Artist: Florence / Wladimir M
Title: Analogue Expressions / Leaves Fallin’ Recklessly
Label: Delsin Records
Cat No: dsr-eevo001 / dsr-eevo002
Released: 24th April
Genre: Techno / IDM
Amsterdam label, Delsin Records really has developed a flair for reissuing and repressing lots gems. This time they turn their attention to one of the most important and unsung labels in the story of Dutch techno, Eevo Lute Muzique.
Eevo Lute Muzique was established in 1991 by Wladimir Manshanden and Stefan Robbers, (who was already releasing tracks as Terrace and as one-half of Acid Junkies for Djax-Up-Beats). Their early releases were heavily influenced by Detroit techno, even naming their first release “U.S Heritage”, while fusing those influences with their own love for the Euro Synth Pop and 80’s New Wave sounds they’d grown up with.
This release offers 2 albums of 22 complied tracks spanned across a 5-disc set. The first album, Analogue Expressions is a compilation of music by Stefan Robbers under his moniker, Florence. All 11 tracks across these 3 discs offer a divine kaleidoscope of different electronic flavours and styles, while still managing to maintain a consistent level of emotion and innovation. From the opener Exploration; a panicked, bass-heavy, electro driven pep-talk to the closer, Revival; a subtle, emotive stomper, each and every track is quite unique. Despite these tracks being over 25 years old (mostly recorded between 1991 and 1994), the majority still sound as fresh and as forward-thinking today as they did then.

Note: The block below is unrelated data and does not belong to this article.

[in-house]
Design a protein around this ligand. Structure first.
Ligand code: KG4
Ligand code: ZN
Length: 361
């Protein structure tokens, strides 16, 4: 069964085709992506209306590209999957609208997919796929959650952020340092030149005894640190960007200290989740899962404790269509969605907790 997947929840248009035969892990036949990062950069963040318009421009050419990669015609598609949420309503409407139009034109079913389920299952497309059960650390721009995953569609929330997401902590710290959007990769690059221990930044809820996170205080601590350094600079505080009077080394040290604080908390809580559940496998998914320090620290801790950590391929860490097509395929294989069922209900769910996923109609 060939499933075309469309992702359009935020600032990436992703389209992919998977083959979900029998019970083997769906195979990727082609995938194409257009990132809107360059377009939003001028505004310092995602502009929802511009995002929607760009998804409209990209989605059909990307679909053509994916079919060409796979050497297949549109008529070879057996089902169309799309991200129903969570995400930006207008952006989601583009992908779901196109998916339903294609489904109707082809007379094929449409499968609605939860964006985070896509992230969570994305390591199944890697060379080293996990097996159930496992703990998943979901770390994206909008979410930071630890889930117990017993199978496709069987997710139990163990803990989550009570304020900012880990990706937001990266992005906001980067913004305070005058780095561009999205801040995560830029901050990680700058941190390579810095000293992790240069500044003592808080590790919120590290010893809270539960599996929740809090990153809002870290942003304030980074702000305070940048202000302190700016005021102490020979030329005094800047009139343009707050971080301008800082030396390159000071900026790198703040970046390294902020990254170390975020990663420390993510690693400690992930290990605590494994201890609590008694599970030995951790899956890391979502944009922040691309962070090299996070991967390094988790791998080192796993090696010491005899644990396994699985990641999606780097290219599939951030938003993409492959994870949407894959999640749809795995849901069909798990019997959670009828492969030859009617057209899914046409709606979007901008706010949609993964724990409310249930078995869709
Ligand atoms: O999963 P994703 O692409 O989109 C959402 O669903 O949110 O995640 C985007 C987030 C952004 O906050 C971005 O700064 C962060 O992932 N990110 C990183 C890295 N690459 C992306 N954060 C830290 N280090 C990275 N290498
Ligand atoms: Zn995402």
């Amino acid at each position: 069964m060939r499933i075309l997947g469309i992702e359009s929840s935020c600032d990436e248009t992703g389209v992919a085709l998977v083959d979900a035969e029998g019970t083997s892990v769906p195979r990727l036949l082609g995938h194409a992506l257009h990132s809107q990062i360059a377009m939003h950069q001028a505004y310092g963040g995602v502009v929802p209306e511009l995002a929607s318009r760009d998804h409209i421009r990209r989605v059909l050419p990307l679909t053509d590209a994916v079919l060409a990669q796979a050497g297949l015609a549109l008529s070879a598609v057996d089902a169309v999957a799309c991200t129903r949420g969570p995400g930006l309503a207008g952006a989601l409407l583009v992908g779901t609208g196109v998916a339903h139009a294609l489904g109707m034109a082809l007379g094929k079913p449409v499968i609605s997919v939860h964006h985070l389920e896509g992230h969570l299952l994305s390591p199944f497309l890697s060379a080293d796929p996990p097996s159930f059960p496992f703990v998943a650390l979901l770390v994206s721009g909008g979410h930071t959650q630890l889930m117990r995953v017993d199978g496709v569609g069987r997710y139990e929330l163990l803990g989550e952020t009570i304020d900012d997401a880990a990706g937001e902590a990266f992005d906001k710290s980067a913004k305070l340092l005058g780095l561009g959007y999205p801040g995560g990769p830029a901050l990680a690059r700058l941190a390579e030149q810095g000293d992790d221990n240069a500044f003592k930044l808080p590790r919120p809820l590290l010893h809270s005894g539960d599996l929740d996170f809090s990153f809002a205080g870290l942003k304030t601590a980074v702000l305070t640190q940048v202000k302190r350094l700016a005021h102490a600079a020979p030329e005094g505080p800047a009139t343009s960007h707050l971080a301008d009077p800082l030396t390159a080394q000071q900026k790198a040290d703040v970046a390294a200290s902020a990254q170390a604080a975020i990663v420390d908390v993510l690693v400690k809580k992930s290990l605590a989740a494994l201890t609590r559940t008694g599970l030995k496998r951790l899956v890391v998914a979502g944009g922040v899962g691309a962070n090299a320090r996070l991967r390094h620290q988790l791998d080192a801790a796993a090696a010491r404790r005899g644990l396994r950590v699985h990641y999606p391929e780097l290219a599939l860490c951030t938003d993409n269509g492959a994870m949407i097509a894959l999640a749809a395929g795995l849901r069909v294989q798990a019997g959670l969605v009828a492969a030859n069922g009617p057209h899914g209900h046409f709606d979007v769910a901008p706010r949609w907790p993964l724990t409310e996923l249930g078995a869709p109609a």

Part 2 of the Delsin x Eevo Lute Musique retrospective is a collection of tracks by Eevo Lute co-founder, Wladimir M, entitled Leaves Fallin’ Recklessly. It kicks off the same way as his 1994 LP, Life is a Short Story, with short spoken word, Autumn Leaves I, followed by the epic Planet E (originally released on the Detroit label of the same name in 1991). Generally though, Leaves Falling Recklessly lacks the same colour and diversity as Analogue Expressions. The highlight here is Wladimir’s track, Evil. Abrasive percussion rumbling below, virtuous synth hovering above, and with Wladimir’s apocalyptic poetry in-between. So good! Canned by everyone, from Dave Clarke to DVS1 over the years, the original is still a highly sort after record.
Most of the early Eevo Lute singles have been well sort after, with record hounds paying up to and even over 100 euros for some discs.
The first five releases have become highly coveted, not just because of the timeless music they contain, but also because the pressing stampers were accidentally destroyed meaning they were never repressed.
Once again Delsin has come through in bringing some unsung heroes of electronic music to the foreground, particularly the highlighting one of the many monikers of the much underrated, Stefan Robbers. Three thumbs!
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Original Resource is Decoded Magazine